Being a mother can be difficult, where it often feels like all we do is nag. We’re constantly reminding our daughters to clean their rooms, come home early, and do their homework — the list goes on, and on, and on…
In a study conducted by the University of Essex, shows that during adolescence daughters of nagging mothers have a greater chance of succeeding in life and are more likely to be successful than those with super laidback mothers.
The reminders, arguments, discussions, and harassment you’ve dished out are all worth it.
The study reviewed over 15,000 13 and 14-year-old teenage girls for six years. Results concluded that those who stayed on top of their chores, school, and responsibilities were more likely to go to college and have high paying jobs.
They were also less likely to become pregnant as teens. The “nagging” doesn’t necessarily come in the form that you think but has more to do with setting consistent expectations as a parent.It was also discovered during the study which you may find surprising is that kids are listening even when you think they are not.
Lead researcher Ericka G. Rascon-Ramirez stated that no matter what, parents influence decision-making:
“In many cases we succeeded in doing what we believed was more convenient for us, even when this was against our parents’ will. But no matter how hard we tried to avoid our parents’ recommendations, it is likely that they ended up influencing, in a more subtle manner, choices that we had considered extremely personal.”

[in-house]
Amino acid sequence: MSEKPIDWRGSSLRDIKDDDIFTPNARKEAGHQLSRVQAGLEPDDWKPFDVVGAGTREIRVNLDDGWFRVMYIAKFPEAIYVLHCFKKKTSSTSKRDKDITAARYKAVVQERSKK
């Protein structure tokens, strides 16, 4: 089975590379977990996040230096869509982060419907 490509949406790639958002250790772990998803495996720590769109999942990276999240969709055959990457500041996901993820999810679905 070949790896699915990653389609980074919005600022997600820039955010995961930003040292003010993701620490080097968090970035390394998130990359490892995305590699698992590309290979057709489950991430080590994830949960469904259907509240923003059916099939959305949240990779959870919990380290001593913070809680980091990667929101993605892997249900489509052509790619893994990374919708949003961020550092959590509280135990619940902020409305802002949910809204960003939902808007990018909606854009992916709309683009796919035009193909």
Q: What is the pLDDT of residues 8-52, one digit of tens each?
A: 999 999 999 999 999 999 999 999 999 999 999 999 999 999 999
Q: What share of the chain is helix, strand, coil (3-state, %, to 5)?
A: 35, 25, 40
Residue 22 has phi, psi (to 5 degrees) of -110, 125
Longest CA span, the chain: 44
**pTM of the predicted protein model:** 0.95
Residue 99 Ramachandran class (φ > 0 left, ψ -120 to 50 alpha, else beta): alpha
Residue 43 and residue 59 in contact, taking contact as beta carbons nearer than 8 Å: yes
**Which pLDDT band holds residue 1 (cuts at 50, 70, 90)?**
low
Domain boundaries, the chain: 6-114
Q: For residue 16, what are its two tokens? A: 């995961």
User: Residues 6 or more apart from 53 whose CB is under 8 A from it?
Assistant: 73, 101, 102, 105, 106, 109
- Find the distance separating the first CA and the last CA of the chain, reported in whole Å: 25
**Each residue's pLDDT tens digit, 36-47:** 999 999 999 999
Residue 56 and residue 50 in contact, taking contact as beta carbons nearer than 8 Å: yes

It appears, parents subconsciously create standards which takes root in their children’s minds. The pushback and other typical teenage reactions we receive act as a mask. They don’t always like hearing it, but it works!
Cautioning them about having babies early, a poor work ethic, and low grades can inform their choices from a young age and prepare them to seize opportunities for long-term success. Being an annoying, unsolicited advice-giver has its perks.
Moms, know that there are benefits to our madness and try to avoid saying things like, “I told you so” and avoid gloating over your kid’s mistakes. Encouragement and helpful “nagging” is likelier to lead your girls down a successful path.
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